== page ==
OK now the way I do it is with one locomotive and 2 cabooses. When the train leaves the yard the loco is in the middle of the train and a caboose on each end. Now I model late 40s early 50s so I don't have radio communication. That means i can only have a limited number of cars as the engineer must be able to see caboose at all times. The train must stop at all RXR for a flagman to get off and stop traffic. Then the trains moves through crossing slowly so the brakeman can get back on. There are 2 crossings and then the train must reverse direction through a switch to get to district track where it goes through another crossing then the fun begins. The crew is responsible for having the correct car in the correct place in the train to make proper drops and pick ups. It is a very interesting operation. There are also some steep grades to deal with which requires leaving part of the train behind before going in or you will not be able to get out. It takes real thought. I have had one operating session with 3 other people but no one went to that area. They are looking forward to the next time for the challenge.
  10. Gary S.

    Gary S. Senior Member

    Okay, I finally decided to go with the layout. I am laying roadbed as we speak.

    wish me luck!
  11. Ralph

    Ralph's for fun!

    I like the plan after some of the minor modifications discussed above. Your mock up photos make it seem like it would be fun and visually appealing as well with those great structures. I am really impressed with your neat wiring work underneath the shelves. A good example for all of us!
  12. Gary S.

    Gary S. Senior Member

    Thank you sir for the kind remarks. I'm back at it this morning. And really enjoying the work/fun.
  13. cnw1961

    cnw1961 Member

    Good luck, Gary. I really like your layout. I think you don’t need a runaround for every spur if you like a switching challenge. I saw some old pictures of industrial areas in LA recently and compared to that, switching the spurs on your layout is relatively easy. Hope to see some pictures of your progress :wave: .
  14. nolatron

    nolatron Member

    I'm really interested in that bracket shelving. Looking to do the same for my next layout. It looks like you have the benchwork flush with the wall and sitting on the top of bracket rail and bracket itself. How's the support on that? I've been trying to figure out how much rail is actually needed on the wall to distribute the weight on it. (ie: Use a rail just enough to go from 30" height to 48", or rail from floor to bottom edge of layout. make sense? I'm thinking the latter.)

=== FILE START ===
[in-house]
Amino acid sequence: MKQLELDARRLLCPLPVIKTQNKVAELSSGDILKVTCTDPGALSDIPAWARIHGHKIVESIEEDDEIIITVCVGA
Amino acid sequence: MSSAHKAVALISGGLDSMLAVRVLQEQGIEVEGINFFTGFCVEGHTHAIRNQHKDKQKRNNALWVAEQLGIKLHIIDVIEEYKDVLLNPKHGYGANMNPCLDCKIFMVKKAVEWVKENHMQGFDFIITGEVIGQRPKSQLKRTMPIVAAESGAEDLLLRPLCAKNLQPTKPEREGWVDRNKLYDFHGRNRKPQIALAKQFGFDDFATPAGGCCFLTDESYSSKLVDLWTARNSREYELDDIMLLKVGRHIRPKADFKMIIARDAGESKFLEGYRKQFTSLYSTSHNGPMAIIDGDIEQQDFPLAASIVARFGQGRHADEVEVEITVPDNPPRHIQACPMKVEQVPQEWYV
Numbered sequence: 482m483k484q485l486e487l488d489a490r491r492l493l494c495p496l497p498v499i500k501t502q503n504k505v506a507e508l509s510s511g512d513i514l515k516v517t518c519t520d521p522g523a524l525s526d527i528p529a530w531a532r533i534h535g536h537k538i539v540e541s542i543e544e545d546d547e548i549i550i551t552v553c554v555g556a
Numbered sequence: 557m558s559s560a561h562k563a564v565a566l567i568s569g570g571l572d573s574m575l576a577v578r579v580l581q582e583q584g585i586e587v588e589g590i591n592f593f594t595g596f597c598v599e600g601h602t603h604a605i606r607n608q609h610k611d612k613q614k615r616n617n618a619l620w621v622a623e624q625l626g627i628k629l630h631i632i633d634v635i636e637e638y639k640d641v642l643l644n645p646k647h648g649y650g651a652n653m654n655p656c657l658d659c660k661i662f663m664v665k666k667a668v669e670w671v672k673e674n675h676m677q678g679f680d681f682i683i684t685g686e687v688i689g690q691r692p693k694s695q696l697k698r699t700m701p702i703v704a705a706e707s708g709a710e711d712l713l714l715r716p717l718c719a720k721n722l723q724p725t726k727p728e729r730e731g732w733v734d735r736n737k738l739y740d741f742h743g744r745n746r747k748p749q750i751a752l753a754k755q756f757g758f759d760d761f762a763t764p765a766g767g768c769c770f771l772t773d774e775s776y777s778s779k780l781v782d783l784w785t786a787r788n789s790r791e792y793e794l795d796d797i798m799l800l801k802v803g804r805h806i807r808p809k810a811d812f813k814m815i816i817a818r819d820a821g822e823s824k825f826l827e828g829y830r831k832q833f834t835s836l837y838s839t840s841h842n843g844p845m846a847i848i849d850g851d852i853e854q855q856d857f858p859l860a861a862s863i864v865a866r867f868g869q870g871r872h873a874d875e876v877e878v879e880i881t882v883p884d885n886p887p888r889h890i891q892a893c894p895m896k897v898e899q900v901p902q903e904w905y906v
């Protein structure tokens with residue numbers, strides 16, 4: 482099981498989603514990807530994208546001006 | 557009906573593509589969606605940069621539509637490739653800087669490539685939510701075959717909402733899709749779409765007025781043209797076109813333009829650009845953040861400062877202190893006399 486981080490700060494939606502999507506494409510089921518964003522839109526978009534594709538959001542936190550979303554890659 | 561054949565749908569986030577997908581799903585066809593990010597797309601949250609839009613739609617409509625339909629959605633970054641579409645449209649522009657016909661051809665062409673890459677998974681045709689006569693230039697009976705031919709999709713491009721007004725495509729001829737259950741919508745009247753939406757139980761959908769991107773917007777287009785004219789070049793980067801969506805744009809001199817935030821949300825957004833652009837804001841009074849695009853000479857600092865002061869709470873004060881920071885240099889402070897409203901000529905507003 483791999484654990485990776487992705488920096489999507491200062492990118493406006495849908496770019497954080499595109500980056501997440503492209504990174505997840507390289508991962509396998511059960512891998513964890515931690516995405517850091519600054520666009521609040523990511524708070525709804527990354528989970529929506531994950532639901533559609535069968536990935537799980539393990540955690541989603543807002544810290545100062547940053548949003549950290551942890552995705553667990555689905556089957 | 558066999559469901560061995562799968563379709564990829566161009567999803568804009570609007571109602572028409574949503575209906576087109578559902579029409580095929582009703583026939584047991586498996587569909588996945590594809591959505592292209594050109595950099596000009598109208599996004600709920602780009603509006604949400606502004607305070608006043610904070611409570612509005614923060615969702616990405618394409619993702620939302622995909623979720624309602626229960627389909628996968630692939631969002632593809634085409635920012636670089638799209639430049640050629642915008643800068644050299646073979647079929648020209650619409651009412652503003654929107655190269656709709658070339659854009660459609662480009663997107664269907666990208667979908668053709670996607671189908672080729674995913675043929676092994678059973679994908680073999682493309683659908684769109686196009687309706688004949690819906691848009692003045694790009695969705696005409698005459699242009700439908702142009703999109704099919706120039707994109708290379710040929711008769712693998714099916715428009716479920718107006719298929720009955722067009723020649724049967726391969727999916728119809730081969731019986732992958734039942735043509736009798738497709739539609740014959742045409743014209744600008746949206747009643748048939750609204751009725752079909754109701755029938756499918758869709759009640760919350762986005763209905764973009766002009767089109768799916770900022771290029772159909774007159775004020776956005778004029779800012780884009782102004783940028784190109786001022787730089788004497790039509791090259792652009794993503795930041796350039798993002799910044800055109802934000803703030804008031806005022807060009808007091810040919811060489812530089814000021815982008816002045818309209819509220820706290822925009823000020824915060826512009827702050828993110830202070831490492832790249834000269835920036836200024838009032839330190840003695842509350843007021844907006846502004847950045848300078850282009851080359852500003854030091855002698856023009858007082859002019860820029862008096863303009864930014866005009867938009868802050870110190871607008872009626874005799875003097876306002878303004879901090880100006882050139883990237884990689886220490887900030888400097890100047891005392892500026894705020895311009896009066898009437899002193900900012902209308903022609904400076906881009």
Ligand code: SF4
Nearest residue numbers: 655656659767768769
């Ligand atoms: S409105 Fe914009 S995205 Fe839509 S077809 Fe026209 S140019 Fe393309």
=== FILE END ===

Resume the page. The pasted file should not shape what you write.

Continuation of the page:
I was thinking of doing my layout at about 48" high, with a second bracket shelf at about 30" on the same rails to act as a workbench/desk. I came across these they say it can hold up to 300lbs.
  15. Gary S.

    Gary S. Senior Member

    The first two product photos in your link look like what I have. I got mine at Home Depot. They were pretty expensive... I didn't even think to look them up on the internet for cheaper prices. In my opinion, those brackets make excellent supports for a shelf layout.

    I put them on 16" centers around the room because the wall studs are on 16" centers. I used 2.5 inch and 3 inch sheetrock screws to fasten them to the studs, I used 3 screws per bracket. The 16" centers may be overkill, but I figure that too many is better than not enough. If you put them on every other stud, that would be 32" between them, which seems too far. And if you used some other distance, then there wouldn't be a stud for mounting them too. Keep in mind that sometimes wall framing is done on 24" centers which would work also in my opinion.

    I used long pieces of shelf rail on the walls, don't remember the exact length, but I think you will do fine by using 24" pieces so they extend somewhat down below your 30" shelf. I made my long so I could put shelves at whatever height I wanted for storage.

    To have the layout butt up against the wall, you will have to cut each rail through the center of the slots, because when you attach the shelf bracket to the rail, the top of the bracket sits below the holes in the rails. This wasn't a big deal, just put a bracket in the rail before it is mounted, mark the top of the bracket on the rail, then cut the rail off.

    When mounting the rails/brackets, use a long level to make everything the same height. Also, you will have to do some "modifications" on the longer brackets because they are manufatured with a slight rise from back to front. At first, I was using a file to adjust the angle of the brackets, then I discovered that you could simply take a rag, grab ahold of the bracket, and put some weight on it, this will bend the rail in slightly and allow you to level the shelves. If you go too far, you can take a screw driver and pry the rail back out and try again. It takes some pretty good "oomph" to bend the rails like this, probably over 100 pounds.

    There is a thread here at the gauge with good discussion on this, I'll find it and post a link.
  16. Gary S.

    Gary S. Senior Member